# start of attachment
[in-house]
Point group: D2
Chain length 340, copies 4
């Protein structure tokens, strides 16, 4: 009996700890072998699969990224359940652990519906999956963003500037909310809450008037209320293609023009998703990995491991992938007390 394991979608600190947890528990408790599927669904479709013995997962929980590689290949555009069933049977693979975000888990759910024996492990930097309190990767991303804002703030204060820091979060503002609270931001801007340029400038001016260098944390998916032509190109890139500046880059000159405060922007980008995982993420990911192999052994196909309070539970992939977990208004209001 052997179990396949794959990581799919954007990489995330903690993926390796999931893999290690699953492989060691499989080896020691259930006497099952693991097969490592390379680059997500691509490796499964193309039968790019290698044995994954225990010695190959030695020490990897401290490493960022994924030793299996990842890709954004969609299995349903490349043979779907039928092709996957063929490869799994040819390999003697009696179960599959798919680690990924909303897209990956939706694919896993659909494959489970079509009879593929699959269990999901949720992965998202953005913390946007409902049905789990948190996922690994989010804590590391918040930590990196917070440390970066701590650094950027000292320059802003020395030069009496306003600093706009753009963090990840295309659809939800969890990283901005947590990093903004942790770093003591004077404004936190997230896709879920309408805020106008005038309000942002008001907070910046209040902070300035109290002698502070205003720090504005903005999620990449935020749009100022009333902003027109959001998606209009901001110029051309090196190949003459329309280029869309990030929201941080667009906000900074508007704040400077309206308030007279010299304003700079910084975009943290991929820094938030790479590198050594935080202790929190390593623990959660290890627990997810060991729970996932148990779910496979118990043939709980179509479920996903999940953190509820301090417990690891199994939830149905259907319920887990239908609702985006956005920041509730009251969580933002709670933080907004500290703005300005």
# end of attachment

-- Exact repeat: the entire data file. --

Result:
[in-house]
Point group: D2
Chain length 340, copies 4
């Protein structure tokens, strides 16, 4: 009996700890072998699969990224359940652990519906999956963003500037909310809450008037209320293609023009998703990995491991992938007390 394991979608600190947890528990408790599927669904479709013995997962929980590689290949555009069933049977693979975000888990759910024996492990930097309190990767991303804002703030204060820091979060503002609270931001801007340029400038001016260098944390998916032509190109890139500046880059000159405060922007980008995982993420990911192999052994196909309070539970992939977990208004209001 052997179990396949794959990581799919954007990489995330903690993926390796999931893999290690699953492989060691499989080896020691259930006497099952693991097969490592390379680059997500691509490796499964193309039968790019290698044995994954225990010695190959030695020490990897401290490493960022994924030793299996990842890709954004969609299995349903490349043979779907039928092709996957063929490869799994040819390999003697009696179960599959798919680690990924909303897209990956939706694919896993659909494959489970079509009879593929699959269990999901949720992965998202953005913390946007409902049905789990948190996922690994989010804590590391918040930590990196917070440390970066701590650094950027000292320059802003020395030069009496306003600093706009753009963090990840295309659809939800969890990283901005947590990093903004942790770093003591004077404004936190997230896709879920309408805020106008005038309000942002008001907070910046209040902070300035109290002698502070205003720090504005903005999620990449935020749009100022009333902003027109959001998606209009901001110029051309090196190949003459329309280029869309990030929201941080667009906000900074508007704040400077309206308030007279010299304003700079910084975009943290991929820094938030790479590198050594935080202790929190390593623990959660290890627990997810060991729970996932148990779910496979118990043939709980179509479920996903999940953190509820301090417990690891199994939830149905259907319920887990239908609702985006956005920041509730009251969580933002709670933080907004500290703005300005």